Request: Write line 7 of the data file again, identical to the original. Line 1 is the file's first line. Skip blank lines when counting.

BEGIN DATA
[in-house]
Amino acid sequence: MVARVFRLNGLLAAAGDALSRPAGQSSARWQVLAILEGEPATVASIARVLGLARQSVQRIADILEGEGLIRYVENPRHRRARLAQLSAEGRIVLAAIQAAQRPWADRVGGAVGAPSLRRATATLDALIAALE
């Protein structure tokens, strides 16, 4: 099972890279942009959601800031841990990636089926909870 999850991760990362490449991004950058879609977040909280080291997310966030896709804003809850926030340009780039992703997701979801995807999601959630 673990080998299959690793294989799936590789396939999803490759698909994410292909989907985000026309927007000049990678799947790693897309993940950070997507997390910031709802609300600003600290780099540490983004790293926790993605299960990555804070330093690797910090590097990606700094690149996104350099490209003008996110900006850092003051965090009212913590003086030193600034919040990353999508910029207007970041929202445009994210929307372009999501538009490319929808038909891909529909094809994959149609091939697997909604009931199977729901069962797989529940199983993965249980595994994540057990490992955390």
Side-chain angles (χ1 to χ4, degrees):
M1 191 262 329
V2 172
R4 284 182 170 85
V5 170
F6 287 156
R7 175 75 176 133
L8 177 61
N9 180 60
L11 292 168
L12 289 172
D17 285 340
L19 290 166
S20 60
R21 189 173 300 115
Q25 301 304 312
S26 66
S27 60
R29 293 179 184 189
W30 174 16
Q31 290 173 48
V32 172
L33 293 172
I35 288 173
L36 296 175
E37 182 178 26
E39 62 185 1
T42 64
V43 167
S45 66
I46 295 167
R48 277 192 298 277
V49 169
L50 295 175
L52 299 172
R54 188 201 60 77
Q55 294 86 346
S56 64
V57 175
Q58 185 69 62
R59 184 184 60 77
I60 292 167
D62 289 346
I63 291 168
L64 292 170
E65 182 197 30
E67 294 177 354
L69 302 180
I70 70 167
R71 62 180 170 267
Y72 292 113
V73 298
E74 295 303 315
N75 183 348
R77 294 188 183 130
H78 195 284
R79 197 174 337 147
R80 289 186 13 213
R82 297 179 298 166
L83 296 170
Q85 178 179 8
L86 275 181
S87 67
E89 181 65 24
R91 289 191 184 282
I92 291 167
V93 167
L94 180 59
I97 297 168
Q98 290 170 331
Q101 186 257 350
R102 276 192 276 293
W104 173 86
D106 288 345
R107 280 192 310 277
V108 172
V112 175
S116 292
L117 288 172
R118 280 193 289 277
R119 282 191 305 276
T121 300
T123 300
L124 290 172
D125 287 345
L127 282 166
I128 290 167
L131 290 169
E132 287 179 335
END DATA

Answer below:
R4 284 182 170 85